Konos Stewardship: Muscles

Konos Unit: Stewardship
Theme: NERF - Nutrition, Exercise, Rest, and Fun

As we are studying about keeping the body healthy through exercise, Nicholas has been learning about the muscles of the body. He's learned about the tree types of muscles - smooth, skeletal, and cardiac.

I picked up a steak in the "manager's special" (aka "it's going bad soon") section for $2.00. I cut muscle fibers from the meat and prepared them on slides so that Nicholas could look at them with the microscope.

He really likes his microscope. Granddad gave it to him as a Christmas present a while back. He had been too young to work with it reliably by himself but he is an old pro at it now and can entertain himself for an hour at a time with it. It's a cool microscope because it is digital so he can see the image on my laptop. This makes it so much easier for me to see what he is looking at and to point to things on the slide that I want to be sure he notices.

We can even capture video and still pictures. Here we were looking at the muscle fibers and the black striations that cross the fibers. This is only found in skeletal muscles.

Nicholas has also learned to identify the names and locations of some of the major skeletal muscles in his body. He has also learned how a muscle works through contracting and extending. He even made a model of his arm to demonstrate it. He used a cardboard tube from a roll of wrapping paper and cut out a piece the length of his humerus bone. Then he measured his forearm and cut out another piece of cardboard to match. He cut this forearm piece in half lengthwise and taped them together to form his radius and ulna bones.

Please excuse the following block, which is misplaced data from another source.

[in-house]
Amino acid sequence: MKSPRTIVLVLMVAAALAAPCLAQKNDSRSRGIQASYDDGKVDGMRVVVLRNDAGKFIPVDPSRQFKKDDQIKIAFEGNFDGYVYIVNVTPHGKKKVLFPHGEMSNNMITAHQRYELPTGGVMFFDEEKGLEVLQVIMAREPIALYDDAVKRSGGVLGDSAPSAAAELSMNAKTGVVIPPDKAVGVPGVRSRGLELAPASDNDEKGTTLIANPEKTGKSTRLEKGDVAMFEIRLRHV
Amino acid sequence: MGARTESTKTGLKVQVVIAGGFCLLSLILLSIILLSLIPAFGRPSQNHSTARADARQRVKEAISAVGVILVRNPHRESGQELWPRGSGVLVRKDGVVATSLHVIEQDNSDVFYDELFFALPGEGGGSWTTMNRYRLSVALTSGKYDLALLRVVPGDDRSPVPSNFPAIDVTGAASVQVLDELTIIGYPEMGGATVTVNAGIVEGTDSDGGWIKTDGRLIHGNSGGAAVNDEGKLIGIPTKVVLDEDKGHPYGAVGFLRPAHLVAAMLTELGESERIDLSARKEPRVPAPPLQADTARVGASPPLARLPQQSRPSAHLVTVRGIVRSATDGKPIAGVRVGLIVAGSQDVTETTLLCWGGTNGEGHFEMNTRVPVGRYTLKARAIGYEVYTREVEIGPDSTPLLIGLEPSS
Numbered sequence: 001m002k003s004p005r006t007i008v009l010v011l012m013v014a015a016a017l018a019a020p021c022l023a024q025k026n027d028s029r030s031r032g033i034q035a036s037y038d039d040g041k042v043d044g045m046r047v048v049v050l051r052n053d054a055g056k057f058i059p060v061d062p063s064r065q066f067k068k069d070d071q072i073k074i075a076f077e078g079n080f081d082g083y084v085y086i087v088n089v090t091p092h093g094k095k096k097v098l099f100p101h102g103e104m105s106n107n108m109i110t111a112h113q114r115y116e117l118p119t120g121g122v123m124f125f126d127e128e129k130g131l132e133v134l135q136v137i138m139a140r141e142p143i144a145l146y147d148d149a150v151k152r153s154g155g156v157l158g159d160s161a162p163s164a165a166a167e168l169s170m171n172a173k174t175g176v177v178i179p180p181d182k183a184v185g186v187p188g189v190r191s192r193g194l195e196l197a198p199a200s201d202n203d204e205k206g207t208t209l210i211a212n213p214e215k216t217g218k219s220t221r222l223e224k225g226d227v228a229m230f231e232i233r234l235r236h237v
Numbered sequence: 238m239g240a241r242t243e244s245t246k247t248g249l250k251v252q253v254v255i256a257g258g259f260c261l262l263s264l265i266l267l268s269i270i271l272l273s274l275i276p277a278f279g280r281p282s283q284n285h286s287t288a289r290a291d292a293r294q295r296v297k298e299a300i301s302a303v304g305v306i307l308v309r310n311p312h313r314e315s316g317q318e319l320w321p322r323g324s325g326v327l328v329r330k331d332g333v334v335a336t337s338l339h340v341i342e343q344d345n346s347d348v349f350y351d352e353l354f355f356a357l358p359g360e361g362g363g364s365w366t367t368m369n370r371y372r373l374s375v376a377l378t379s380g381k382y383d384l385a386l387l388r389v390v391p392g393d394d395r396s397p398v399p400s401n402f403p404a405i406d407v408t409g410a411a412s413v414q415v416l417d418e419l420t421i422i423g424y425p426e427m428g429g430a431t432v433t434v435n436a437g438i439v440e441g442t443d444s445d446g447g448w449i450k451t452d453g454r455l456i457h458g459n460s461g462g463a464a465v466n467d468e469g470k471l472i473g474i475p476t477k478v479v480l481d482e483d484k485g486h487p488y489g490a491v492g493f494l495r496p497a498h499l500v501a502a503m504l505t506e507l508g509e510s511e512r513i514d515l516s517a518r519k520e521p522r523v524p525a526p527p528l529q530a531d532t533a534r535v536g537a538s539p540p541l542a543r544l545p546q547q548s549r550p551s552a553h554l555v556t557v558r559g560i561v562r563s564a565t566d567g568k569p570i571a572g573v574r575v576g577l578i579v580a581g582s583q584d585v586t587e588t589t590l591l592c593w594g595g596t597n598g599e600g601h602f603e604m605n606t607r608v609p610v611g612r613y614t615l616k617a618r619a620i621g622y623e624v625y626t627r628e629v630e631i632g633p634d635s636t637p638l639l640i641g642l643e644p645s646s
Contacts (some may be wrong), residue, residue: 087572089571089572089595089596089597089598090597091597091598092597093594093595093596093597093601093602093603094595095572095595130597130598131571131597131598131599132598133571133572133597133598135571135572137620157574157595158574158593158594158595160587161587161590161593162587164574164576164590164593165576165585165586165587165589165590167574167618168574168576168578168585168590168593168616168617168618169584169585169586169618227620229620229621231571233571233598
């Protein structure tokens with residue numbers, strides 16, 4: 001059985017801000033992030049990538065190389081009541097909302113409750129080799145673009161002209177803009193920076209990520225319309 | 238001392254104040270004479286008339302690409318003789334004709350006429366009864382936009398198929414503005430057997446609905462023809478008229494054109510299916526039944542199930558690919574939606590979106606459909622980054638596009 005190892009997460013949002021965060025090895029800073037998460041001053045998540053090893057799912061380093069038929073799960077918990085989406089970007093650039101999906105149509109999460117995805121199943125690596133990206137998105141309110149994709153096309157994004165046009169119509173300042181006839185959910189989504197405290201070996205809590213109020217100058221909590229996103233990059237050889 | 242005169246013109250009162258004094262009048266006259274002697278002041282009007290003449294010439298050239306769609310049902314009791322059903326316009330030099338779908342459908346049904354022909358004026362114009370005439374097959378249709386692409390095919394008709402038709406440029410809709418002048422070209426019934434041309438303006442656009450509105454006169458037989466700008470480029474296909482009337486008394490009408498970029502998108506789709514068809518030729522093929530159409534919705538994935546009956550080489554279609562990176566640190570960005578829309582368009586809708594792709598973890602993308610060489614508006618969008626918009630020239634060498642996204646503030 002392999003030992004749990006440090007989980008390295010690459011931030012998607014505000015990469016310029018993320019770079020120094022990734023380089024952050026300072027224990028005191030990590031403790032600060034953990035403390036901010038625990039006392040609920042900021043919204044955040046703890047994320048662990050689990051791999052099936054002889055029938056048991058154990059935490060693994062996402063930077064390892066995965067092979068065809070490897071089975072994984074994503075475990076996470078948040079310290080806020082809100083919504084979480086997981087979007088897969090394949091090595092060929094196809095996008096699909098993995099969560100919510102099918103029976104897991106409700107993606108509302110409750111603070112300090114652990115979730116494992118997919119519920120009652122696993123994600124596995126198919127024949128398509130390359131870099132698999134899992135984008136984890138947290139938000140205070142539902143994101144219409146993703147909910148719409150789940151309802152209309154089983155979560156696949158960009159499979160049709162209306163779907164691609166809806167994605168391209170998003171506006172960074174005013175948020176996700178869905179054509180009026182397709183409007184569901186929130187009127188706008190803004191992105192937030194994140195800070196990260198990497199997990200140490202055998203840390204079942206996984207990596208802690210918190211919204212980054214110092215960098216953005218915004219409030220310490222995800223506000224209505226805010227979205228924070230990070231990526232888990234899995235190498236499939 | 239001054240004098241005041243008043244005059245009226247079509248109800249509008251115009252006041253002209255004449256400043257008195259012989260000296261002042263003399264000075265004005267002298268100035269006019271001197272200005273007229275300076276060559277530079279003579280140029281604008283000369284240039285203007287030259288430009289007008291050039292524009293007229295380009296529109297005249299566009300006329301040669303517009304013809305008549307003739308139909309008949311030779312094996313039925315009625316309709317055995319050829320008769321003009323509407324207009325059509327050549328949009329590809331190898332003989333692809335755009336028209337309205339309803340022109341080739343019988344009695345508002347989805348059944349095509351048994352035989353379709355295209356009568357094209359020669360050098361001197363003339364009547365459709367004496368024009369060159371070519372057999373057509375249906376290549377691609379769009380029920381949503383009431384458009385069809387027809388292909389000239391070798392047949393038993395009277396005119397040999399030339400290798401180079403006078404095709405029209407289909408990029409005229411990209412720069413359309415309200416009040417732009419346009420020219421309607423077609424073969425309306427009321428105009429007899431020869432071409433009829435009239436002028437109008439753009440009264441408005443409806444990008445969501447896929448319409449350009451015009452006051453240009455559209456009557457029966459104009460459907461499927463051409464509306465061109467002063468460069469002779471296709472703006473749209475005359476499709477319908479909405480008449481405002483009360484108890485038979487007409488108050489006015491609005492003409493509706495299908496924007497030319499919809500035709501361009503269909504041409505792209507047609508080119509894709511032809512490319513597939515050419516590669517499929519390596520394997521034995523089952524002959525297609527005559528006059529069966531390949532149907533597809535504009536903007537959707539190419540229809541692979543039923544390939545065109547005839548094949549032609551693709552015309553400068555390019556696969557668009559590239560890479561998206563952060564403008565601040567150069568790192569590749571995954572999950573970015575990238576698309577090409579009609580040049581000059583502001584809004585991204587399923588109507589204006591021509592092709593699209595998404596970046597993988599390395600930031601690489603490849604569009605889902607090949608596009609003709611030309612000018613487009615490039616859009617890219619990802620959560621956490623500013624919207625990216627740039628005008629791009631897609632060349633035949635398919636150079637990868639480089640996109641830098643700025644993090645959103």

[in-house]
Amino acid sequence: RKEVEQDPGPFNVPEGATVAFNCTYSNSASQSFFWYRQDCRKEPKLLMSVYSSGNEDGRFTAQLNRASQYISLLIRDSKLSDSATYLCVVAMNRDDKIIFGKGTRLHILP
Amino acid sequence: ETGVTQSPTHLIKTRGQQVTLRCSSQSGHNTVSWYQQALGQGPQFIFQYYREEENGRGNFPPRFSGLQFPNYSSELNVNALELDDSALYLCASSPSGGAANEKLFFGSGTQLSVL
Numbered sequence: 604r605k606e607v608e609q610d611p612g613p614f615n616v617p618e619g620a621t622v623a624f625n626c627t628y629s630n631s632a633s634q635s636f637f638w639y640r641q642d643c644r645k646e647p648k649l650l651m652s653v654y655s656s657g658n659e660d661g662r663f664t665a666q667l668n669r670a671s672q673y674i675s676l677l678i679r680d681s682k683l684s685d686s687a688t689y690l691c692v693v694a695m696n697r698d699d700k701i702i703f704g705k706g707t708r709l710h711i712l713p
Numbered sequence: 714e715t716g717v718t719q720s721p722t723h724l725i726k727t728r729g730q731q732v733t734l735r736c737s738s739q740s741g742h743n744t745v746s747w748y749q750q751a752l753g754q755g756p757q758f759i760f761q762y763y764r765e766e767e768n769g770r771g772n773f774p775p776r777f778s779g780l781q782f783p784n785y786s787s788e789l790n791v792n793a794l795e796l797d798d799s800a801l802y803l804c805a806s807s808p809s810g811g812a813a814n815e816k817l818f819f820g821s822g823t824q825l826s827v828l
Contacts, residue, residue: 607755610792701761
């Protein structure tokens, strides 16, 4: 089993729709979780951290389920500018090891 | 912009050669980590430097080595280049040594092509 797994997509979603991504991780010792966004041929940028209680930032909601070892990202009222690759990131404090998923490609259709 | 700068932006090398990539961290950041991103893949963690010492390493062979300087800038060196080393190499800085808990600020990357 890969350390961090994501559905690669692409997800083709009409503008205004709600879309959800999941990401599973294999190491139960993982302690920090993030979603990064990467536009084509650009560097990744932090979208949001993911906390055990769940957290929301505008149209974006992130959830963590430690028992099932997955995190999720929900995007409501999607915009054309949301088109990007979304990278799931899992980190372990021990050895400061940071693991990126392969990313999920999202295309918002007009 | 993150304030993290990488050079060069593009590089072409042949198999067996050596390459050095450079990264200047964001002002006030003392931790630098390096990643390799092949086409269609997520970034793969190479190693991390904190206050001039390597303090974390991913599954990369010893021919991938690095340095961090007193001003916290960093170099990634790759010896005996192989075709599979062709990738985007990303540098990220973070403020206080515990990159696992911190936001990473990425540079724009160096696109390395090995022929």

He labeled his bones carefully.

He straightened out a paper clip and used that to connect the humerus to his forearm bones.

He attached the forearm bones together with a rubber band in place of a wrist.

Then he blew up two long red balloons just slightly and I helped him attach them to his bones. He then demonstrated how the bicep muscle extends when the arm is straight...

...and how it contracts when the forearm is pulled up.

It was neat that he finished up his model while Granddad was here so he was able to show off his work to Granddad.


  1. That is such a cool muscle/bone model. I'm pinning this one to duplicate, thanks!

  2. This is so awesome!! Thanks for posting and sharing this :)